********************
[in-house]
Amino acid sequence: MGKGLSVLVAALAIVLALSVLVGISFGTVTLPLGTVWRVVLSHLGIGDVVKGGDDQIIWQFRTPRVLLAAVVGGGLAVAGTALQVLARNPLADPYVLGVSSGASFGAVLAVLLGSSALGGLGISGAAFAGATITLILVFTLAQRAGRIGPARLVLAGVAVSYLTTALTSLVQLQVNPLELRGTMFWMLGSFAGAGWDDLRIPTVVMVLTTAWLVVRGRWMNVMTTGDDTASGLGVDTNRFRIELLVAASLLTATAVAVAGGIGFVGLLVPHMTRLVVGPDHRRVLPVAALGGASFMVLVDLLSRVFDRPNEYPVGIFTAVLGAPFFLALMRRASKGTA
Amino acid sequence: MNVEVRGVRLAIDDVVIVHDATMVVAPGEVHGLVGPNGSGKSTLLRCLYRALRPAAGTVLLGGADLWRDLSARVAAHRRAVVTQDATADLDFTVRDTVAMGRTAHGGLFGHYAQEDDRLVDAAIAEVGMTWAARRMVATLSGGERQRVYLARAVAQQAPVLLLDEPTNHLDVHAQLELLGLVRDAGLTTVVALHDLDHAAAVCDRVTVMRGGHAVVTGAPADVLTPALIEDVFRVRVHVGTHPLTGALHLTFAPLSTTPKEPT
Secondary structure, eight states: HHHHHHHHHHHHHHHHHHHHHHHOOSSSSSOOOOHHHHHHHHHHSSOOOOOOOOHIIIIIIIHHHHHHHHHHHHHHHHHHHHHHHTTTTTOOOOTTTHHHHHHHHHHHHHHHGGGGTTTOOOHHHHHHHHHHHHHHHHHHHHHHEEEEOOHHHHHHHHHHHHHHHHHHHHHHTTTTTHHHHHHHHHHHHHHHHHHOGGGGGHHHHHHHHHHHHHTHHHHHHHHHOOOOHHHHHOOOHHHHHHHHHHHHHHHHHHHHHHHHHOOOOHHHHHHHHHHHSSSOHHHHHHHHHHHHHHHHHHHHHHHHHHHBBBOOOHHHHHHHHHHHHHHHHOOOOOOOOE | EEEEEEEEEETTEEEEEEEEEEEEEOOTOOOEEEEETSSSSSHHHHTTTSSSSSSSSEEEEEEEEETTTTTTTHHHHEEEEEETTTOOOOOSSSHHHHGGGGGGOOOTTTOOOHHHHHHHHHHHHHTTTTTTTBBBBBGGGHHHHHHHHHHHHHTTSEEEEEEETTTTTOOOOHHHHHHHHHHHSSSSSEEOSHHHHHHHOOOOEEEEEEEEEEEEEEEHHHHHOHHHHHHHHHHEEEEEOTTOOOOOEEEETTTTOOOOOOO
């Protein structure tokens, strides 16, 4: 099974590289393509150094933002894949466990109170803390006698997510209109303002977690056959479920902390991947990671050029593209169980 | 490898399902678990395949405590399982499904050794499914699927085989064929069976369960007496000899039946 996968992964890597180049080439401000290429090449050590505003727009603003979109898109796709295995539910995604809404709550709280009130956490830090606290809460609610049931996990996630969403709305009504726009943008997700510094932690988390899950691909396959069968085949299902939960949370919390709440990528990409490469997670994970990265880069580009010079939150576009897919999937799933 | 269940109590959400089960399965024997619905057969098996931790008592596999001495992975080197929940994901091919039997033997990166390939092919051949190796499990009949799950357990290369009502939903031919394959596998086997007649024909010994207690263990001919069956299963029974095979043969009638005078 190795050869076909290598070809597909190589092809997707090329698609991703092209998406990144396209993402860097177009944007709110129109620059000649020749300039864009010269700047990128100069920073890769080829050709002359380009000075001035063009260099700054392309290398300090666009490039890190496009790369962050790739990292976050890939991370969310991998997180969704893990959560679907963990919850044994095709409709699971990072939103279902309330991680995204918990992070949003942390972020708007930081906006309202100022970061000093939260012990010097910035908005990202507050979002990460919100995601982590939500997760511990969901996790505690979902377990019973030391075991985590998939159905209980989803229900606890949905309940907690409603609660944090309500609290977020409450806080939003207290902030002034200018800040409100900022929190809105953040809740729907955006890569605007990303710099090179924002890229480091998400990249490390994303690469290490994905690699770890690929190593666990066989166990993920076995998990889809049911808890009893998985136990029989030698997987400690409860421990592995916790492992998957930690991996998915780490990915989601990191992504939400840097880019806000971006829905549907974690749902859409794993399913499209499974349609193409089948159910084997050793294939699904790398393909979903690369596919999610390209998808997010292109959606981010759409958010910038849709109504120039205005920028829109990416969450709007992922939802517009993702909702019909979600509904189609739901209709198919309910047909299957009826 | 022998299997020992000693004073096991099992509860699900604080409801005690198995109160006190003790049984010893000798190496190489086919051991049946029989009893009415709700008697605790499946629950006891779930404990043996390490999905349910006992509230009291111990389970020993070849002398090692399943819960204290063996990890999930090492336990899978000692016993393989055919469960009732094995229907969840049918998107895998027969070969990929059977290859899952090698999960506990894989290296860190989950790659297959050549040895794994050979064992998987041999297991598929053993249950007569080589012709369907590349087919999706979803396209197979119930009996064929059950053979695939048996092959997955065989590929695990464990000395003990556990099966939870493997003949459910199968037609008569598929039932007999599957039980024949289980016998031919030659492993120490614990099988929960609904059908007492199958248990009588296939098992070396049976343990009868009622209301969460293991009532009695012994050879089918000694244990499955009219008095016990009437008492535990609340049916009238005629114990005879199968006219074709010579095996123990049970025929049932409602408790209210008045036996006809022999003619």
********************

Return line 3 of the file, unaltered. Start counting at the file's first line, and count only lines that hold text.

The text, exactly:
Amino acid sequence: MNVEVRGVRLAIDDVVIVHDATMVVAPGEVHGLVGPNGSGKSTLLRCLYRALRPAAGTVLLGGADLWRDLSARVAAHRRAVVTQDATADLDFTVRDTVAMGRTAHGGLFGHYAQEDDRLVDAAIAEVGMTWAARRMVATLSGGERQRVYLARAVAQQAPVLLLDEPTNHLDVHAQLELLGLVRDAGLTTVVALHDLDHAAAVCDRVTVMRGGHAVVTGAPADVLTPALIEDVFRVRVHVGTHPLTGALHLTFAPLSTTPKEPT